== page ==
My memories of seeing The Blair Witch Project in theaters are vivid – after launching one of the first viral campaigns to utilize the Internet to perpetuate a false mythology that felt real, the modern papa of the shaky-cam found-footage way of storytelling exploded on to the screen. And by “exploded,” I mean that it gave me a huge headache and provided a couple moments of genuine terror, which is still pretty much par for the course on found fauxtage flicks.
Blair Witch co-writer and co-director Eduardo Sanchez never quite managed to translate the popularity and innovation of the film into his other works – smaller horror films that fell by the wayside. But his latest film, Lovely Molly, could potentially reestablish Sanchez as a horror director to watch. The film’s plot is a basic one – it centers on Hannah Lodge‘s Molly, a “troubled” woman with secrets to spare – and some sort of evil lurking inside of her. The film looks to break out some standard horror elements – a creepy house, weird noises, unexplained occurrences – presented by way of a mix of regular cinematic lensing and some found footage/POV shots. That could just work.
The film premiered at last year’s TIFF and it even popped up at SXSW for a few screenings, and though it’s been without the heady buzz of, oh, something like The Blair Witch Project, most reviews hedge to the side of positive. While I didn’t get a chance to see it at SXSW, friends who did seemed to mostly like it, and while that’s not exactly a ringing endorsement, many of them found themselves liking it more as they thought on it longer. At the very least, the film presents a nice spin on found footage and, as Badass Digest’s Devin Faraci pointed out in his review, he hopes that “other filmmakers pick up on Sanchez’s mixing of aesthetics, saving us from any future feature length found footage films.” Preach.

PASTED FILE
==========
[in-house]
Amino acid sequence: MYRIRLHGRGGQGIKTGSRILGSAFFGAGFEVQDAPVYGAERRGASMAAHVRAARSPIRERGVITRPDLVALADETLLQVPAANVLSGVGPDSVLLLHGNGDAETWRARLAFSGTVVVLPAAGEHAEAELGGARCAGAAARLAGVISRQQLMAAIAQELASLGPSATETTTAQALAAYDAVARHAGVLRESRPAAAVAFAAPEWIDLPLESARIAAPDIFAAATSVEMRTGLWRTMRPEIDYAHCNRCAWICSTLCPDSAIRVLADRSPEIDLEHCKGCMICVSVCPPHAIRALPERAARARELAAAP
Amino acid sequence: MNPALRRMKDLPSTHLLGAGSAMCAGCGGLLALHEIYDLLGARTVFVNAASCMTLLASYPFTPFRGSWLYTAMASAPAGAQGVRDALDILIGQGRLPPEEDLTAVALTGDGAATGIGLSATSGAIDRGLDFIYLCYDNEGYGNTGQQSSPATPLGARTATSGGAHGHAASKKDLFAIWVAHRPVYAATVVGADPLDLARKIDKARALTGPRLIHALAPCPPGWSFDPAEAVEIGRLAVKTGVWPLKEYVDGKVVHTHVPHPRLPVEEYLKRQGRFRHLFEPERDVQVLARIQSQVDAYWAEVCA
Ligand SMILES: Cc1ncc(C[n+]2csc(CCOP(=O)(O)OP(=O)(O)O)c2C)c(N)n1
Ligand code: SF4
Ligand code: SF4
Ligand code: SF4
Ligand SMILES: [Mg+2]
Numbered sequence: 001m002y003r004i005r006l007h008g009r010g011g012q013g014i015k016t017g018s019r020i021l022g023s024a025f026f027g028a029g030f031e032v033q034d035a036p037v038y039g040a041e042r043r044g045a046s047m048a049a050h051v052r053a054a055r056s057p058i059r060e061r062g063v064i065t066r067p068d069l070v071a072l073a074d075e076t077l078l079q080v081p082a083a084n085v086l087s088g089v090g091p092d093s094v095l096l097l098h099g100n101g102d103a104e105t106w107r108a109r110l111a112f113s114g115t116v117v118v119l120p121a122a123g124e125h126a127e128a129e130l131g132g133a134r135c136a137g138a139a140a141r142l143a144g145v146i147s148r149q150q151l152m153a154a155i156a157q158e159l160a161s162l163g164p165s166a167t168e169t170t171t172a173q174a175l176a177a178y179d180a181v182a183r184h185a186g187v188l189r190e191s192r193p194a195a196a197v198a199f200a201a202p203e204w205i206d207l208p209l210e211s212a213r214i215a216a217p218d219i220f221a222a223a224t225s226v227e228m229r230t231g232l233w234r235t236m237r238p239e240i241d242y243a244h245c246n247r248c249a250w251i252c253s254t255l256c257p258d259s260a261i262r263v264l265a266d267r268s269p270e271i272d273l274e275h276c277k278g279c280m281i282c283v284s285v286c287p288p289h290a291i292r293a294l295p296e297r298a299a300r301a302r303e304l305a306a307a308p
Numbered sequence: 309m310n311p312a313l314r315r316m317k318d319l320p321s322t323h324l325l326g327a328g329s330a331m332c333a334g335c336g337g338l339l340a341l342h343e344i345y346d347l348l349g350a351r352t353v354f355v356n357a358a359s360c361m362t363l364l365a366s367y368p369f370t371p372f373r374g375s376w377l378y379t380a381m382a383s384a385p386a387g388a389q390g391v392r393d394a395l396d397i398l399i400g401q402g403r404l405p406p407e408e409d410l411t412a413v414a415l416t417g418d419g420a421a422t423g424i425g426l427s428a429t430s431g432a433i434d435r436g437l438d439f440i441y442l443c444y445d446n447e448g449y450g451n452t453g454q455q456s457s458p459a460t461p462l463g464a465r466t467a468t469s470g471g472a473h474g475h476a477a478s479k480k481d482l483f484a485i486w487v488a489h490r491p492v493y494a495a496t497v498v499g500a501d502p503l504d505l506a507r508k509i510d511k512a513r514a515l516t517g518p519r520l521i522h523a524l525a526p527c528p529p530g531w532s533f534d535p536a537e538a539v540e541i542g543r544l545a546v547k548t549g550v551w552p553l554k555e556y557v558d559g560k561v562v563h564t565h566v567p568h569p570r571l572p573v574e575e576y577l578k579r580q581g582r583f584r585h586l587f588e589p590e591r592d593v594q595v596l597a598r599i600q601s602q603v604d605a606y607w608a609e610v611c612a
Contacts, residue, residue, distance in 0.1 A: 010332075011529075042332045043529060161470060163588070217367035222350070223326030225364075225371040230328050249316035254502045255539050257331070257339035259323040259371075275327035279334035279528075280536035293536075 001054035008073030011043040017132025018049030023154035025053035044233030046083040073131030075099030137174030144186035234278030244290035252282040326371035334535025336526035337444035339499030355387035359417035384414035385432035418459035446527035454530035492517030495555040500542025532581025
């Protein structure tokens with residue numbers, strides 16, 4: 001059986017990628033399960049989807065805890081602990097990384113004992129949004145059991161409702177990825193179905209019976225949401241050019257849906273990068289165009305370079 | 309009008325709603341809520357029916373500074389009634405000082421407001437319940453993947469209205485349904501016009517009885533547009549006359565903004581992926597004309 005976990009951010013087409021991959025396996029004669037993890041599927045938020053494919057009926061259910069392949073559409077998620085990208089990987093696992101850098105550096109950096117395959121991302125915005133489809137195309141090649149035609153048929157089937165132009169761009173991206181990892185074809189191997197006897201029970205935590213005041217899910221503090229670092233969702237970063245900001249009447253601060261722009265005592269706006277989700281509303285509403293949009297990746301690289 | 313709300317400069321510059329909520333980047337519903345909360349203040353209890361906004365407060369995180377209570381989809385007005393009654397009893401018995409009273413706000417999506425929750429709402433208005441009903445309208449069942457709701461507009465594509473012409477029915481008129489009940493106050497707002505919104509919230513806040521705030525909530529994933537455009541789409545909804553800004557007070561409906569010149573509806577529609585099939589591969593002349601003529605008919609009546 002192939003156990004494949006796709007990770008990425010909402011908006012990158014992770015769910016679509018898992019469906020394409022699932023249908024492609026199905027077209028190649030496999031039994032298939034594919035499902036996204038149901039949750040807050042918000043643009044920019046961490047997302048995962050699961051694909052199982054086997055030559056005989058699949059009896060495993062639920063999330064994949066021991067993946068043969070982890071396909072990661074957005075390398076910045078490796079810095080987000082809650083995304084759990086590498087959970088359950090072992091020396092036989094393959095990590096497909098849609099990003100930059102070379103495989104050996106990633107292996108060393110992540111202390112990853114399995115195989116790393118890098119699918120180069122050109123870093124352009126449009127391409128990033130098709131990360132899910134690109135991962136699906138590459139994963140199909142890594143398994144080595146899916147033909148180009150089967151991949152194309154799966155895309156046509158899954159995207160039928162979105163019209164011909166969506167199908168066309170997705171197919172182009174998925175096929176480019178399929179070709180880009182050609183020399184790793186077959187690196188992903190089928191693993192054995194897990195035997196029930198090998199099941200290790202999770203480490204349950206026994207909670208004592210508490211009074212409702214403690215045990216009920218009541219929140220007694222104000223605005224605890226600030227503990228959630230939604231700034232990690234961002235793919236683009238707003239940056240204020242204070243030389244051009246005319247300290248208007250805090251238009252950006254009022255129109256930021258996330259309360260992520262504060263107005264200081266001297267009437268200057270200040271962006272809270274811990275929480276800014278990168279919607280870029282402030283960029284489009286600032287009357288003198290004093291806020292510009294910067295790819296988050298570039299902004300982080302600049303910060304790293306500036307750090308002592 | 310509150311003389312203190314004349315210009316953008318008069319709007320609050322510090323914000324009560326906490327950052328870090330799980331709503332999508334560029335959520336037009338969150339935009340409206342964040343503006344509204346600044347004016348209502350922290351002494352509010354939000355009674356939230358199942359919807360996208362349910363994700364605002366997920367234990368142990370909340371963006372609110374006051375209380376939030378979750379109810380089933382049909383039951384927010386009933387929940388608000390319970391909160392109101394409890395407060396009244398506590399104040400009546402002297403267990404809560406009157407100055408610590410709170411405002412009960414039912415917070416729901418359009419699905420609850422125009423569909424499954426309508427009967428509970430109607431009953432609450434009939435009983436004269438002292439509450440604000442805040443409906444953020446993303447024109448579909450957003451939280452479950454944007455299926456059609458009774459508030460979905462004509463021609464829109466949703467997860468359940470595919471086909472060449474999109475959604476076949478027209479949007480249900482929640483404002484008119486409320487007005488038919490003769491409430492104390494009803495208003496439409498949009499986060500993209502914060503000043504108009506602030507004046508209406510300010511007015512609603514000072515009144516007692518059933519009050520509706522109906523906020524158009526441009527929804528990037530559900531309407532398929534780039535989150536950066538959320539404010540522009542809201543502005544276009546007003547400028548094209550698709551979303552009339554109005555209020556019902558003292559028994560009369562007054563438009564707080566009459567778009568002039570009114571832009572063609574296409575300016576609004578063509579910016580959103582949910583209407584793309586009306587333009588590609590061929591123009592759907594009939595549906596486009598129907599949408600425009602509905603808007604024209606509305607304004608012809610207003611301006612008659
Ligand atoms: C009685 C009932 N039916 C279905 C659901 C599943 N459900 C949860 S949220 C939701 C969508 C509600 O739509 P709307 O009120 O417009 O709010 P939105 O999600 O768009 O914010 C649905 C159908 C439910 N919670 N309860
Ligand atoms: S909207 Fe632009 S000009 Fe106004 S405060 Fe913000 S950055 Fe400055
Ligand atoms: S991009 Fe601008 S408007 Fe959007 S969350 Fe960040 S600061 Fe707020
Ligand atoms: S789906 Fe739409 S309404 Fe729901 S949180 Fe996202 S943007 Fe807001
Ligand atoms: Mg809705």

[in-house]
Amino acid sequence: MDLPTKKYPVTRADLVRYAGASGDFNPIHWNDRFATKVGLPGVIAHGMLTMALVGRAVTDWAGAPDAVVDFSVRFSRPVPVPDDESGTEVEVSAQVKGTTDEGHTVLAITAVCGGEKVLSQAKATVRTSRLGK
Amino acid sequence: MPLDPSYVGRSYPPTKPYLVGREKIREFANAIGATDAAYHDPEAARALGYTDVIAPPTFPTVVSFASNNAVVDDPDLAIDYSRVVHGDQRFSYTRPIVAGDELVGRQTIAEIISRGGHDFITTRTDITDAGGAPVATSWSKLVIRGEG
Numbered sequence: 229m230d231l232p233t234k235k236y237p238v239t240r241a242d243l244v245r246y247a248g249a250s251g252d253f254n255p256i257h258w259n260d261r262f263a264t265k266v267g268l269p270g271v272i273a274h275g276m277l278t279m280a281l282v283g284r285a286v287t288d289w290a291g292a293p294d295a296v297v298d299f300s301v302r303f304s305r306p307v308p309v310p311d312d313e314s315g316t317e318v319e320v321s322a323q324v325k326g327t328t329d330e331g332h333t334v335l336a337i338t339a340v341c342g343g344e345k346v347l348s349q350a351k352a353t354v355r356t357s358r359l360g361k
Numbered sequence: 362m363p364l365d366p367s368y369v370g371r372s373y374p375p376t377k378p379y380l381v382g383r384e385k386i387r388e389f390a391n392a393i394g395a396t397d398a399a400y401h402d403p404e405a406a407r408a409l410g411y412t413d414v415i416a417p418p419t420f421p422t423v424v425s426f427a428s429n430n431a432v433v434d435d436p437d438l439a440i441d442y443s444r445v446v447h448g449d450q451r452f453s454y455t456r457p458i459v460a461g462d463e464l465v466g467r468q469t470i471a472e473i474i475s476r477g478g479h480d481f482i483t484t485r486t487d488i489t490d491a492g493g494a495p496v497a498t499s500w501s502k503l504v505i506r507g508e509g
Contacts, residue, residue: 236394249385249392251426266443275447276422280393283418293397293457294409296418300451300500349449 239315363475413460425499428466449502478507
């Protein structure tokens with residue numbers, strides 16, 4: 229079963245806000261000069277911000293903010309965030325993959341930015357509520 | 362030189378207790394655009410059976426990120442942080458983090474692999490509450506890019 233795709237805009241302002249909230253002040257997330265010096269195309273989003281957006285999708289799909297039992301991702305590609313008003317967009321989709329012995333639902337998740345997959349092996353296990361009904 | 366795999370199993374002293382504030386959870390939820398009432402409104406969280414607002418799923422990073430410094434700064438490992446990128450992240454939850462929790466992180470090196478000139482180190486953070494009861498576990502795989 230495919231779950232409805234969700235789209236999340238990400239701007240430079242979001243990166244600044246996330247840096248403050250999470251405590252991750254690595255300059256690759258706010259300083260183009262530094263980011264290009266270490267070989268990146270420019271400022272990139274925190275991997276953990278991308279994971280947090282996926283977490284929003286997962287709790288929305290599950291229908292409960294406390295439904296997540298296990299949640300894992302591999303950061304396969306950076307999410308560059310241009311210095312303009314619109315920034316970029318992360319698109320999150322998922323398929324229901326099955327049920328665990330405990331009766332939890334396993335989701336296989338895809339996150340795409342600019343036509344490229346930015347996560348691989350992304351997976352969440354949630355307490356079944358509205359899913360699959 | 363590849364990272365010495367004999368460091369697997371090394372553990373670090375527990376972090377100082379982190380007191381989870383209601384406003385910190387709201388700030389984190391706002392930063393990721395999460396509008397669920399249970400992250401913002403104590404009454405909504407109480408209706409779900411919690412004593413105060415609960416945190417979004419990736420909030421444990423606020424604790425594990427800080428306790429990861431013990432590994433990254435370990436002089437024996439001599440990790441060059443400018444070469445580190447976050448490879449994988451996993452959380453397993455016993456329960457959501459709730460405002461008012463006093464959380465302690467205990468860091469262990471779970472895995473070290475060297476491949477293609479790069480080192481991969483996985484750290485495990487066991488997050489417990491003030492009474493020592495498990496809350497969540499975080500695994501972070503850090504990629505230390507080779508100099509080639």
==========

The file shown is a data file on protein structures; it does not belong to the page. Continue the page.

Lovely Molly will open in limited release on May 18th.
Links provided by Zergnet, which sounds like a villain but is really quite helpful.
Comment Policy: No hate speech allowed. If you must argue, please debate intelligently. Comments containing selected keywords or outbound links will be put into moderation to help prevent spam. Film School Rejects reserves the right to delete comments and ban anyone who doesn't follow the rules. We also reserve the right to modify any curse words in your comments and make you look like an idiot. Thank You!
Some movie websites serve the consumer. Some serve the industry. At Film School Rejects, we serve at the pleasure of the connoisseur. We provide the best reviews, interviews and features to millions of dedicated movie fans who know what they love and love what they know. Because we, like you, simply love the art of the moving picture.